|The Zenith 5S228 is a small 5-tube AC tombstone or upright
style radio. It receives the broadcast band and one short wave band.
This example had seen extensive servicing or restoration in the past, although not working. I decided to try to reverse any previous repairs and to restore the original above and below chassis appearance to the extent possible.
The schematic for the Zenith 5S228 can be found on Nostalgia Air. Any part numbers will refer to numbers on that schematic.
My antique radio restoration logs
This radio was purchased on eBay. The cabinet was in fair original condition, as were the knobs and grille cloth - lots or wear, dings, scratches and finish loss. There were also fair sized veneer chips on both sides, as well as some cabinet delamination. The radio was sold as not working (occasional static only). In the eBay auction listing, it was obvious that the filter capacitor had been removed, indicating some servicing or restoration. The cord and plug had also been replaced. I always avoid knowingly purchasing a radio that has been restored, as many collectors take shortcuts such as removing the original capacitors and filters. I was hoping that everything except the filter capacitor was original. Once the chassis was removed, my worst fears were realized - every original Zenith paper capacitor, as well as the filter capacitors, had been replaced. All of the original resistors appeared to be in place. Since almost all paper capacitors had been replaced, this was more likely a collector's restoration rather than a service shop repair. Service shop repairs usually result in only a few capacitors replaced. And in this case, all replacements were the same type.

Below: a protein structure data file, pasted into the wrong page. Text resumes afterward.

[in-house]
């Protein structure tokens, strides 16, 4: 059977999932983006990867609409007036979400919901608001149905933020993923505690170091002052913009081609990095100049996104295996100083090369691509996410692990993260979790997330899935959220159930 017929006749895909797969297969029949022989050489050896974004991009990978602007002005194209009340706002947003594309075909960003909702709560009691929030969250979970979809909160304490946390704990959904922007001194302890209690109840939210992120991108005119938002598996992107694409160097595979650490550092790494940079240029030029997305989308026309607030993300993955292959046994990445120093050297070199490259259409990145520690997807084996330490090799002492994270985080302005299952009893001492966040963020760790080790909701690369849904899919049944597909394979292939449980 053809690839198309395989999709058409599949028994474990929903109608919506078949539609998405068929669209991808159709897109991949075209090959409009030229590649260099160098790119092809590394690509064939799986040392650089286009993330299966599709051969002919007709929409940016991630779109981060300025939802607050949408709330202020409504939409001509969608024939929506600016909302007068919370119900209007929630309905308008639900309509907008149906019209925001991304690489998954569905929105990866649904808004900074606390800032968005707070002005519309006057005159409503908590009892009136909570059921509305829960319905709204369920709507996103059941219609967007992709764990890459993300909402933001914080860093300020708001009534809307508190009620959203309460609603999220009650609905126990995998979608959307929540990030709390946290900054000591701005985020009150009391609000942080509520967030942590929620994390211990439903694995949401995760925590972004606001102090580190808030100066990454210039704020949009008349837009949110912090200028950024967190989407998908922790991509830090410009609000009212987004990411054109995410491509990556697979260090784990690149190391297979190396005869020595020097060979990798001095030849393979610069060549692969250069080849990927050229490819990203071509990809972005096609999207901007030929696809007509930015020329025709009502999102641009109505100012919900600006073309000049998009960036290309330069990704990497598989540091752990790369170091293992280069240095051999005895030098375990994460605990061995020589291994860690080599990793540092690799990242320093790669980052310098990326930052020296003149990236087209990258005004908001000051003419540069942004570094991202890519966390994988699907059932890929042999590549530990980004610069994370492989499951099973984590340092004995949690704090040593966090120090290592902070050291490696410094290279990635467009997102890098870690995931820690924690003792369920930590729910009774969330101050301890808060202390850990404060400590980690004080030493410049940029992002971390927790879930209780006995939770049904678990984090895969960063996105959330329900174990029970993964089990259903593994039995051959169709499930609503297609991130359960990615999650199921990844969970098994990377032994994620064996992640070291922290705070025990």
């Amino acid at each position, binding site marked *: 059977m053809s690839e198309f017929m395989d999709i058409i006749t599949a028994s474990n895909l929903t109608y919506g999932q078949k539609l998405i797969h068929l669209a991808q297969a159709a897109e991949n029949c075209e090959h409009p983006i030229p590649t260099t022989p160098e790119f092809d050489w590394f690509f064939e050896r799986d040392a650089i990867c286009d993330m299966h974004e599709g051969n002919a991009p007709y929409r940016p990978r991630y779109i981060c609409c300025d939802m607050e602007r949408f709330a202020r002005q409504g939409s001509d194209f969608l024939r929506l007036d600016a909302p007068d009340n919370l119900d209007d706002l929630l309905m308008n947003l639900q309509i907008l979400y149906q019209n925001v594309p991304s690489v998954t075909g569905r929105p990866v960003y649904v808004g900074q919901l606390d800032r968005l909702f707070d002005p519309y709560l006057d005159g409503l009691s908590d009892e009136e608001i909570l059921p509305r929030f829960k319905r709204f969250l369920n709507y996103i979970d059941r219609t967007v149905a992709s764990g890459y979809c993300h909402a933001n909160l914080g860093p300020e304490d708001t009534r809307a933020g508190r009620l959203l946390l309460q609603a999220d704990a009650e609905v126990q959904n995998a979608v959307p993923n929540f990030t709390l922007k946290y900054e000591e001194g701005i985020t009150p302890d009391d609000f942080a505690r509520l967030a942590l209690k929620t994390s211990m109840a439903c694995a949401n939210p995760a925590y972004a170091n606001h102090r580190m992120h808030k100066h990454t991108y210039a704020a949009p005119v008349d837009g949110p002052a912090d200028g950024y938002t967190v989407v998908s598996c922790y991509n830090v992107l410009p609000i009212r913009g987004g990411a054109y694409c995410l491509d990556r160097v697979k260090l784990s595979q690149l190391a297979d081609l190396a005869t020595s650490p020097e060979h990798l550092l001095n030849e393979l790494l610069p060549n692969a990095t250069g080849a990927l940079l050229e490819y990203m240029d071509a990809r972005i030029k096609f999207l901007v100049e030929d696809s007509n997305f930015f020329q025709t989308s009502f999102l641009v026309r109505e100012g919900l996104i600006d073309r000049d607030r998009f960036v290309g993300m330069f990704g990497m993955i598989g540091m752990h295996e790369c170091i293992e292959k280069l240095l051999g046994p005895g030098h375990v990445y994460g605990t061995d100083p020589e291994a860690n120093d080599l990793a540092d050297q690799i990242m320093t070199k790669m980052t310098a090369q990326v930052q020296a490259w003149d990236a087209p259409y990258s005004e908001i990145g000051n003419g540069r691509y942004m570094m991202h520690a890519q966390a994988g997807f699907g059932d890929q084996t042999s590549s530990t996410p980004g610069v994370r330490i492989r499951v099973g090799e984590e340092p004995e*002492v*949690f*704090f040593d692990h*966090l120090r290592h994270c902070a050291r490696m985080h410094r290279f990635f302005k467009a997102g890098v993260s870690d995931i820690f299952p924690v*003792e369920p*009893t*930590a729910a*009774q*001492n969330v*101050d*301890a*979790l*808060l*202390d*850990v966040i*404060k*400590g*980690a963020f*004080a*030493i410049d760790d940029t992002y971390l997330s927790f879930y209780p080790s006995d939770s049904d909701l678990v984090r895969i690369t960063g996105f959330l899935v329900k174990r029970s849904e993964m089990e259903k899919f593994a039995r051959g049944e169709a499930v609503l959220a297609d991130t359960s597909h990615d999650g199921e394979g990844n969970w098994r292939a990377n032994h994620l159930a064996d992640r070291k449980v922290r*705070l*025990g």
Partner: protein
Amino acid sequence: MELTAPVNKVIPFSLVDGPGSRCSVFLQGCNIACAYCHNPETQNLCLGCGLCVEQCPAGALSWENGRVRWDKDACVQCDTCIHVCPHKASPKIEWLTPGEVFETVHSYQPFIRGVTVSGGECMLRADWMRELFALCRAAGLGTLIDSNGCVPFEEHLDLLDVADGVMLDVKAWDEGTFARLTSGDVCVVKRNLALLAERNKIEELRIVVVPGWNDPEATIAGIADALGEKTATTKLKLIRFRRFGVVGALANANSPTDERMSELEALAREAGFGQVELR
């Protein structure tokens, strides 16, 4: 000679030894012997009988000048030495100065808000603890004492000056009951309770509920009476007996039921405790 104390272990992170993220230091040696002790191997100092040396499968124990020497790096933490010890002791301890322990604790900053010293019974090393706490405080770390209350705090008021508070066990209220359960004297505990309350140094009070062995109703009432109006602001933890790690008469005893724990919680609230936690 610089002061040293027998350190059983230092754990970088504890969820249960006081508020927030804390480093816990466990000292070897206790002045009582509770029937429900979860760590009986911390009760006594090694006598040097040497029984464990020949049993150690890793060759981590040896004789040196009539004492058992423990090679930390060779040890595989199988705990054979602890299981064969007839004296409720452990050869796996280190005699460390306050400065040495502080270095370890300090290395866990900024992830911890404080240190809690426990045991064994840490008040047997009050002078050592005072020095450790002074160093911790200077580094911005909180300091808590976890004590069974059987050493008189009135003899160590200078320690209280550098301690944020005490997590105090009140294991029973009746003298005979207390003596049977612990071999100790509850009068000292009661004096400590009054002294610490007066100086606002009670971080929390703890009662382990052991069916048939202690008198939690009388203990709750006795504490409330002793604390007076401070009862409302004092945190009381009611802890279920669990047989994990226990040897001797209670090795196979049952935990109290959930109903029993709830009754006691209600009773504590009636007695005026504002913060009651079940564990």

The seller had stated that the chassis was loose in the cabinet. I sent a note prior to payment indicating how the chassis can be secured (10-32 screws and fender washers). Unfortunately, the seller did not take my advice. The packing was VERY POOR - only a single layer of small bubble wrap around the radio, plus crumpled newspaper for padding. The seller did stuff the inside of the radio with newspaper as I suggested. The dial glass was shattered in shipping as a result of the poor packing and failure to secure the chassis. No other damage was found.
The 6Q7G tube had been replaced by a metal 6Q7 and the tube shield had been removed (removal of the shield is often necessary when metal tubes are substituted for G types, since the grid cap lead may not reach the shorter tube with the shield in place). All tubes were replacements. All except one were the correct G types.
All original Zenith paper capacitor had been replaced, all except one by Sprague Black Beauty 600 volt molded film capacitors! That's the bad news. The good news is that guitar fans and audiophools will pay big bucks for certain values of these capacitors on eBay. I will obviously NOT throw any of these away!
The filter capacitor had been removed and tacked in tubular capacitors installed under the chassis.
All resistors looked to be original.
The line cord had been replaced.
The volume control had been replaced. The original was 400K. The replacement was 500K. The shaft type and length was correct for the radio..
One rivet on the 6A8G tube socket had obviously failed and had been replaced by a 4-40 screw and nut.